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Loopholes From Here to China

U.S. exchanges diverge slightly in specific reporting requirements. According to the Nasdaq's listing standards and fees guide, updated in July, companies are required to meet standards related to pre-tax earnings, cash flows, market capitalization, revenue, bid price, number of market makers and, in some cases, total assets and stockholders' equity.

The NYSE Amex requires information about pre-tax income, market cap, minimum bid price, operating history, shareholders' equity and the market value of the public float. The exchange says that foreign issuer applicants may qualify for listing with 800 round-lot public shareholders worldwide, 1 million publicly held shares worldwide and a $3 million market value of public float worldwide.

The flip side to these criteria is that both the Nasdaq and the NYSE are eager to attract new listings and uplistings from smaller markets, as new listings mean new revenue for them. The result has been a battle between the major exchanges. Both exchanges announced in 2007 that they were setting up beachheads in China, to gain better access to potential applicants.

Of late, both exchanges have made it easier for companies to get listed. The Nasdaq lowered its share price threshold to $4 from $5 in April 2009, after the global economic crisis depressed the prices of many stocks. Subsequently, the Amex cut its share price requirement to $2 from $3.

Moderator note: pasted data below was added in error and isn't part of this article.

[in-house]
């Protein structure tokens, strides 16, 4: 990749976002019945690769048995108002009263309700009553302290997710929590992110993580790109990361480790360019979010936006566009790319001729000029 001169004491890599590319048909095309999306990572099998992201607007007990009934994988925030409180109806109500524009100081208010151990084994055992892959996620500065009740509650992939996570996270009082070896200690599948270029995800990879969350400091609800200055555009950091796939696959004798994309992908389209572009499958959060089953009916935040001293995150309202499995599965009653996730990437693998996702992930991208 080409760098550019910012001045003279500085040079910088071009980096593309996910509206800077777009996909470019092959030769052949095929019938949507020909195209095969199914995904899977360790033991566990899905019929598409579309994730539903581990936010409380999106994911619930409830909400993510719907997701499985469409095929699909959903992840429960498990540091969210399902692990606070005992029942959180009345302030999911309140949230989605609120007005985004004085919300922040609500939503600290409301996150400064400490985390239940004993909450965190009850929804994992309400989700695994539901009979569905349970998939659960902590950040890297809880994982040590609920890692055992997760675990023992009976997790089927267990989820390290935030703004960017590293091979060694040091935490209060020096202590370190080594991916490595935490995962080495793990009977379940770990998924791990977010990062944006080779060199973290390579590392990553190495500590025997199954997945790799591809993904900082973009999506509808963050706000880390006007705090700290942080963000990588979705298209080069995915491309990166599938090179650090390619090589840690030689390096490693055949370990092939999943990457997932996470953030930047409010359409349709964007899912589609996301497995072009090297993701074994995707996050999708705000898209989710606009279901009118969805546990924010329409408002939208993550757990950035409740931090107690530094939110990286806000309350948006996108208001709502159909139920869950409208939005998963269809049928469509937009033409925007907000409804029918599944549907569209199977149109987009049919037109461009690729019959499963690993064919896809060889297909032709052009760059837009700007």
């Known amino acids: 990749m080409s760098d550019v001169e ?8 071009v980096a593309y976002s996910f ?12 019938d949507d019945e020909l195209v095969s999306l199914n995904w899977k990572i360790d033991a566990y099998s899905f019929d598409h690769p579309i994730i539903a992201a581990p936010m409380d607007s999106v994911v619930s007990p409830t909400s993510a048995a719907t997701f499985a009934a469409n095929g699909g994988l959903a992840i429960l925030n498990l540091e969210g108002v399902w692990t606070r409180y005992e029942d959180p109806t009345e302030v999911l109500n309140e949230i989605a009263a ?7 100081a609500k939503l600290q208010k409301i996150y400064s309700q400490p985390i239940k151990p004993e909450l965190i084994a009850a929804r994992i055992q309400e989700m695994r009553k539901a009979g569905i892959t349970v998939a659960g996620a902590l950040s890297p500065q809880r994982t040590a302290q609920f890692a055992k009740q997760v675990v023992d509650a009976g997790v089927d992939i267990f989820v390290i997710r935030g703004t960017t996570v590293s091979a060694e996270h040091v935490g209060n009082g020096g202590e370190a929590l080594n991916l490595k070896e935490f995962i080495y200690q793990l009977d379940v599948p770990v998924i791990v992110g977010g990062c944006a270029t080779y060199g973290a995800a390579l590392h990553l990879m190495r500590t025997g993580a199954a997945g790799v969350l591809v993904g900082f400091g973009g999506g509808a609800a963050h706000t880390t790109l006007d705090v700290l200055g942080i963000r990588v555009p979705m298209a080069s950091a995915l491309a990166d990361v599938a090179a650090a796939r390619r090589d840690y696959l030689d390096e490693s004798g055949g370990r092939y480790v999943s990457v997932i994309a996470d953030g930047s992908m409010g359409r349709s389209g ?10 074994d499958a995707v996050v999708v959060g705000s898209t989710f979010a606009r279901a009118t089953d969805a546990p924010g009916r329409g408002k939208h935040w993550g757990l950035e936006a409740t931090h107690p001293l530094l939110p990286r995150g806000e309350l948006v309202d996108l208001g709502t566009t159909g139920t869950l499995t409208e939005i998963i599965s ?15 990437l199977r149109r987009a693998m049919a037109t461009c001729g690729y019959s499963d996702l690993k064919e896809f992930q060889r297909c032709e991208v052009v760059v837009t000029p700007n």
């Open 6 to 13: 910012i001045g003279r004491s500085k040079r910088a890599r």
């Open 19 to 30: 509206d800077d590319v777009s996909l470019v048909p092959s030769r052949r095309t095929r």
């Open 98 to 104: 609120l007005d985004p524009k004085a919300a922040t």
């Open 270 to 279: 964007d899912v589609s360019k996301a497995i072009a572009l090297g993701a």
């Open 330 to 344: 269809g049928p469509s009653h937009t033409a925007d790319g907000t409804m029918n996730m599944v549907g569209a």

The Nasdaq is leading in the competition for listings so far, with a total of 159 China-based companies now listed on its exchanges, including major names like Baidu.com (BIDU) as well as reverse-merger stocks like China Natural Gas (CHNG) and RINO International. The NYSE Euronext's exchanges say they have 92 companies listed from greater China, including a good many RTO stocks such as Orient Paper and China Green Agriculture (CGA - Get Report).

The two major exchanges say that the existing listing requirements are applied uniformly, without exceptions. There are no special provisions for RTO companies, they say. A Nasdaq OMX regulatory official added that the exchange would give serious consideration to any suggestion of fraud. "If a short seller raised issues that we thought were credible and affected the company's listing status, we would look at them," the official added.

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